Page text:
The house itself was actually lived in until relatively recently, so the National Trust had some interesting decisions to make when it came to deciding how to display over 400 years of history in one building. I think the solution they hit upon works really well: each room represents a different time period, and you move forward through time as you explore the house. There’s the Tudor great hall, a 17th century bedroom, Victorian attic, a poignant bedroom dedicated to a soldier from Brockhampton who died in World War I, an Edwardian kitchen from the turn of the century, and more modern spaces from the past 70 years.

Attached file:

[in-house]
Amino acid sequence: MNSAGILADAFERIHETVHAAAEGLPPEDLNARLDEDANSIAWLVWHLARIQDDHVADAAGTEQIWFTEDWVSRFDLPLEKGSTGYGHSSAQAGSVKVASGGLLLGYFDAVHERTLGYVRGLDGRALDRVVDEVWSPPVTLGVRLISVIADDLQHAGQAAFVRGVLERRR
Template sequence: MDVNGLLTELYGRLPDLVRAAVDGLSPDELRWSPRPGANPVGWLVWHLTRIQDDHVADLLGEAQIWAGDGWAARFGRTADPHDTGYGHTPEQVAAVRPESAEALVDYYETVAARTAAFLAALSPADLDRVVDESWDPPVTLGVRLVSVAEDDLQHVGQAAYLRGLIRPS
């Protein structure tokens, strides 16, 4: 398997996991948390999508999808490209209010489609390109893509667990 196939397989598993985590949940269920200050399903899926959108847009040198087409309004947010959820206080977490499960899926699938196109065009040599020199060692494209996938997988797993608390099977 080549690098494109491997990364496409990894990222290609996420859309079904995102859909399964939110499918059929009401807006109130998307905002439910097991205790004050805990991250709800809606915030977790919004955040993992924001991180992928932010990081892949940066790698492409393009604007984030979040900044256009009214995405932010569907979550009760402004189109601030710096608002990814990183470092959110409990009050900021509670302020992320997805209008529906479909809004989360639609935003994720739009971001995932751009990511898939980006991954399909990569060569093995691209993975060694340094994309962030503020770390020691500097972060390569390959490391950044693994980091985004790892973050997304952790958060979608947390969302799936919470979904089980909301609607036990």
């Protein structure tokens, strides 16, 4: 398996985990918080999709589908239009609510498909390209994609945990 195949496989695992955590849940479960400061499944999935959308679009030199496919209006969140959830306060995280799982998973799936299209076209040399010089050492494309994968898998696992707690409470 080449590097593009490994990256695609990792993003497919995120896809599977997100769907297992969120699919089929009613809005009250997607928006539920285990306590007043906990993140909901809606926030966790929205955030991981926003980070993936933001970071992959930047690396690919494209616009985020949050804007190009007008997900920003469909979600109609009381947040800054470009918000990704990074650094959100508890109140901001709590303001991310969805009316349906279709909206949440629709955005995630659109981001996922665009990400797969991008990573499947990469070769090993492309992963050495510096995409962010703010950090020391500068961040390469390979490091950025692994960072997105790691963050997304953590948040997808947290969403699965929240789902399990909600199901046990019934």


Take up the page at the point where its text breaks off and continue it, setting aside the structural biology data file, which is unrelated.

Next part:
The interior of the National Trust Brockhampton Manor

One of my favourite rooms was the 1930s parlour. On the day we visited a fire was roaring in the fireplace and the room felt warm and cosy. With music of the time playing on a radio and little games and puzzles scattered about, it was easy to imagine yourself back in a pre-digital age. One such game that caught my eye was Brickplayer, which I assume was a precursor to Lego; I imagine there was less you could actually do with it (building a miniature brick wall has to get boring eventually), but it would also be far gentler on feet if trod on during the middle of the night.

Having seen Brockhampton, the plan was to go to Eastnor Castle in the afternoon, but we fell to chatting to one of the National Trust volunteers who recommended the nearby Berrington Hall. She was an excellent salesperson and we headed off to Berrington instead.